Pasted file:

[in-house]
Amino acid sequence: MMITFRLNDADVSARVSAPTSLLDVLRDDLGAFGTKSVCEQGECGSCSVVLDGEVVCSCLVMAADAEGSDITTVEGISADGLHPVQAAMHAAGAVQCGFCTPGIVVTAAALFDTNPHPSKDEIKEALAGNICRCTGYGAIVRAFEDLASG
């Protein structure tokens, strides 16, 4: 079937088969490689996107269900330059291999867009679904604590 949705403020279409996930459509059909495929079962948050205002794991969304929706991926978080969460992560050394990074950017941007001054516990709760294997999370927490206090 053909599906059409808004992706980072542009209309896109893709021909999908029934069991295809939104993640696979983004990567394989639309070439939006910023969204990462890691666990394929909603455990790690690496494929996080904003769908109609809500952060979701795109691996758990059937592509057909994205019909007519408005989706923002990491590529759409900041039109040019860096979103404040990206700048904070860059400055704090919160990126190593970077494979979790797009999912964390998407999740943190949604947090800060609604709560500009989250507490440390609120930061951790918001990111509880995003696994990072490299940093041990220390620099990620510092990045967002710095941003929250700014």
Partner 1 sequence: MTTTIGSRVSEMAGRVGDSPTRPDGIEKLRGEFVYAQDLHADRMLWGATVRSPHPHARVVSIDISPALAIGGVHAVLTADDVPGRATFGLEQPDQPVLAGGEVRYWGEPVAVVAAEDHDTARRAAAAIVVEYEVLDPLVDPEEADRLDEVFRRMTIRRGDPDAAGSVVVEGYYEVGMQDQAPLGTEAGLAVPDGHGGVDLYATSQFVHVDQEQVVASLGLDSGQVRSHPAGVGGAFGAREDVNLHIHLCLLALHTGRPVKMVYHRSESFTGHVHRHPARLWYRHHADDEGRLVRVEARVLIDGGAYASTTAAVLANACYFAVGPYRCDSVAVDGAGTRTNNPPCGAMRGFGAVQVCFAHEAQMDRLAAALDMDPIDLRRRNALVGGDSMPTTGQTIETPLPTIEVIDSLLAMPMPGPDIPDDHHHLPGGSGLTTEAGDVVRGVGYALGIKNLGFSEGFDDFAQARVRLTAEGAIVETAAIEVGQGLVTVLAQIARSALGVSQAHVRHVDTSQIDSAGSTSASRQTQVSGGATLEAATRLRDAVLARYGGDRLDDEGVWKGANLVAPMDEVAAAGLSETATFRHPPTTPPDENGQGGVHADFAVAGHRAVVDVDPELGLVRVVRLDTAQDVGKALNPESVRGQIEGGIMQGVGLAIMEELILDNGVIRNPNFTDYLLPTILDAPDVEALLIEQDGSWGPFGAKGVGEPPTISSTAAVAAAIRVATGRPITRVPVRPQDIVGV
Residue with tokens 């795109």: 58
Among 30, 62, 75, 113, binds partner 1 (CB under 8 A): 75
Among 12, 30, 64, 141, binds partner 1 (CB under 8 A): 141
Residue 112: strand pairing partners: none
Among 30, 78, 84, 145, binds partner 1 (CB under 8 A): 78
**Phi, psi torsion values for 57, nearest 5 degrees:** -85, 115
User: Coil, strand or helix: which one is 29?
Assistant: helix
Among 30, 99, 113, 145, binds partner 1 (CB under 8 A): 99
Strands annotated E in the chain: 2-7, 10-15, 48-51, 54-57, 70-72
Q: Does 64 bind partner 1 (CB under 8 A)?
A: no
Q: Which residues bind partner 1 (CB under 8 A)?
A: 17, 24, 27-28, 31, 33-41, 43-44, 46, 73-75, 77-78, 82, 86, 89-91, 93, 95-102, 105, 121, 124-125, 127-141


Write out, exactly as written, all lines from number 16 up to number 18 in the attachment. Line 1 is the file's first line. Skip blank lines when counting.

A: no
Q: Which residues bind partner 1 (CB under 8 A)?
A: 17, 24, 27-28, 31, 33-41, 43-44, 46, 73-75, 77-78, 82, 86, 89-91, 93, 95-102, 105, 121, 124-125, 127-141